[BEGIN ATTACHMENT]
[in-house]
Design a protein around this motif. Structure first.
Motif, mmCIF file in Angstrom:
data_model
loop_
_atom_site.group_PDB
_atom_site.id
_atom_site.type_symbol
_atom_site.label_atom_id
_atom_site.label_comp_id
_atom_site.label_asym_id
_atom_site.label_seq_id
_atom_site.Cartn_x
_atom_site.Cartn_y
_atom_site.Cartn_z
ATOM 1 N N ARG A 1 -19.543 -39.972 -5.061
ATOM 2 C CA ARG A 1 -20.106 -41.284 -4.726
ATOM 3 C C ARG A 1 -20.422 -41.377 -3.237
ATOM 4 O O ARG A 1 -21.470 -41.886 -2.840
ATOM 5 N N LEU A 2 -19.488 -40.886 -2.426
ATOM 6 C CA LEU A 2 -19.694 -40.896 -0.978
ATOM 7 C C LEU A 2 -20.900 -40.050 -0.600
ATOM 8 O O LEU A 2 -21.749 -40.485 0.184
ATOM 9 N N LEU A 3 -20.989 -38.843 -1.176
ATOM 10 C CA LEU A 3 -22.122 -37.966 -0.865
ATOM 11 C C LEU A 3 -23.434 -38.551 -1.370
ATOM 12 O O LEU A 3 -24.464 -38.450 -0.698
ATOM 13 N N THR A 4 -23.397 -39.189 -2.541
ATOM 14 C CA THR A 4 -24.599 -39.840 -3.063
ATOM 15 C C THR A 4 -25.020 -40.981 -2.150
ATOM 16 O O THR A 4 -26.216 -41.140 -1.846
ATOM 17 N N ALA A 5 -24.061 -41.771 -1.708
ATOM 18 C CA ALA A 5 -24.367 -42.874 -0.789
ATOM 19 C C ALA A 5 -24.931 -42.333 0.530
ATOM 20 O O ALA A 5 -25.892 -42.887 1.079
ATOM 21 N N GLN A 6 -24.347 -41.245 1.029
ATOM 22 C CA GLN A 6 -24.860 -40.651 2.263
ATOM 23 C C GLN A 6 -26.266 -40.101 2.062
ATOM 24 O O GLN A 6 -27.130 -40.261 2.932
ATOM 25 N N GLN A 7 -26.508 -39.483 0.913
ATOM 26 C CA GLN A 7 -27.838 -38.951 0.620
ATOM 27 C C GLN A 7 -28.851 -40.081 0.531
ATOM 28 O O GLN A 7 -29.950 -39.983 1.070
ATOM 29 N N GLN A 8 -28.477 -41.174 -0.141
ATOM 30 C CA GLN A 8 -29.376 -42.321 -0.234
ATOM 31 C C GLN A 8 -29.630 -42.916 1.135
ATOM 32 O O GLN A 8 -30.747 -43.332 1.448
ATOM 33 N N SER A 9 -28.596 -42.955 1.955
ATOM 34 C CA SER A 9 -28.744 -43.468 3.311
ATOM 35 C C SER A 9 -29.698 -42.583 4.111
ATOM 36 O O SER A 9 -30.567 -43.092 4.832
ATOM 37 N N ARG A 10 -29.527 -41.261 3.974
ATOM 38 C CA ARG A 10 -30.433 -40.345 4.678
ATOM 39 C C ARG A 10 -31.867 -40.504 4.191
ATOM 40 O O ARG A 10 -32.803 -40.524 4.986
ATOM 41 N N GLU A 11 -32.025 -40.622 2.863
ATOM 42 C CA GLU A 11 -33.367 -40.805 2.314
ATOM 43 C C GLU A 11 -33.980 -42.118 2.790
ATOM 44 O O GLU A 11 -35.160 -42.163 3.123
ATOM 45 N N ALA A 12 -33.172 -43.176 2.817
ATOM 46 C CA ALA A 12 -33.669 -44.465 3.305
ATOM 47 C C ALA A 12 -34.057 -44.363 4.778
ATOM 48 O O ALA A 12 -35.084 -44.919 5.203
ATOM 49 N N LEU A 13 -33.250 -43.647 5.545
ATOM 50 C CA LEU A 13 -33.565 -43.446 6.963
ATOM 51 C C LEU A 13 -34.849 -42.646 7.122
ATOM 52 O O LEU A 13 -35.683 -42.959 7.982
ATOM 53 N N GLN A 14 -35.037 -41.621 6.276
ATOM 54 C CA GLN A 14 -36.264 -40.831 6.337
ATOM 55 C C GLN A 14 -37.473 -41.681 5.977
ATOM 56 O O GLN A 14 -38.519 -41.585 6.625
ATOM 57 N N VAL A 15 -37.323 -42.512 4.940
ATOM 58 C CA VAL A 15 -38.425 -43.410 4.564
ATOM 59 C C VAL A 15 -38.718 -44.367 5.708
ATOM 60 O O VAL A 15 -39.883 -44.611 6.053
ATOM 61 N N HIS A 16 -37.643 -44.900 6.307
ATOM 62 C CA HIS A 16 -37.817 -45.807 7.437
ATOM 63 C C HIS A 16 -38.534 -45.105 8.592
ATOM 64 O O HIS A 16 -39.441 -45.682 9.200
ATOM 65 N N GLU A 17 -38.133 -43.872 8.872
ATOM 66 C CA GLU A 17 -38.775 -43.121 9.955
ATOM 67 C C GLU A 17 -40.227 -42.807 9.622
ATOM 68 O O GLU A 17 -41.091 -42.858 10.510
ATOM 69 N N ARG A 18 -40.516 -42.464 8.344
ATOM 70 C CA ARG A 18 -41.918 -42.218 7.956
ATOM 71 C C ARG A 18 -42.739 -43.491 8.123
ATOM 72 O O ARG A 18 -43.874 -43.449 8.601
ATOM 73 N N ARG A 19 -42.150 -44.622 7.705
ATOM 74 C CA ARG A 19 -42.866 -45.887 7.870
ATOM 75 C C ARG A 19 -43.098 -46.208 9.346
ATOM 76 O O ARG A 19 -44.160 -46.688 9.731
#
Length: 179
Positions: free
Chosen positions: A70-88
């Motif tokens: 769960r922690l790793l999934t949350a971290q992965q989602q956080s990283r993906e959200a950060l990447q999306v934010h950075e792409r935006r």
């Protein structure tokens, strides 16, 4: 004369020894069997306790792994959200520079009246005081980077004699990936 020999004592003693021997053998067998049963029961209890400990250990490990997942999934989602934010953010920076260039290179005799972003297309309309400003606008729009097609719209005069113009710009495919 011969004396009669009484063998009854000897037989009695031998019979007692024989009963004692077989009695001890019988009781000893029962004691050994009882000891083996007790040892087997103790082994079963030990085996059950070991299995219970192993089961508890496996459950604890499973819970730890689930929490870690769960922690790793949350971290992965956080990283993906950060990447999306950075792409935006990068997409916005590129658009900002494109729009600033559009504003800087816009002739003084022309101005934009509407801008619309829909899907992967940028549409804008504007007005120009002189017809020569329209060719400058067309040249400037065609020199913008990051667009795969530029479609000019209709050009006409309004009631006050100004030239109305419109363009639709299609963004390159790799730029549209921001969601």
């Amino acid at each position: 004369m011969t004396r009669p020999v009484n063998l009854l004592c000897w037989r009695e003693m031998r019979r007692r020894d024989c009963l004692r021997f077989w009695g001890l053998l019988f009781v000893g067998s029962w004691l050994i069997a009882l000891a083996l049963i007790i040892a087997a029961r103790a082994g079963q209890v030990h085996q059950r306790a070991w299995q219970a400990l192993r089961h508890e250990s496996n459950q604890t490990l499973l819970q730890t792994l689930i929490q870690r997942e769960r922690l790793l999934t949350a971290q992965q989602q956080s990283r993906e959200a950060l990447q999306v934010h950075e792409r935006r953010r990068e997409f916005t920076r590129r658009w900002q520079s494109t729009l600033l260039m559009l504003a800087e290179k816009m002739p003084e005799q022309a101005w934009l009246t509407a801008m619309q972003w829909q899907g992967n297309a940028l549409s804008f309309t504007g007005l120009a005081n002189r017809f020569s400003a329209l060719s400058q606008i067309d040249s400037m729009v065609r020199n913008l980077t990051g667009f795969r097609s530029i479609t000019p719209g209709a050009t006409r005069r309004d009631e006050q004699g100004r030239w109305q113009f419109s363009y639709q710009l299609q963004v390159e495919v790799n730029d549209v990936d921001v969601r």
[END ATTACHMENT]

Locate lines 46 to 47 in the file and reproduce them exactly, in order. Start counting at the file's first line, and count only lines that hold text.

ATOM 31 C C GLN A 8 -29.630 -42.916 1.135
ATOM 32 O O GLN A 8 -30.747 -43.332 1.448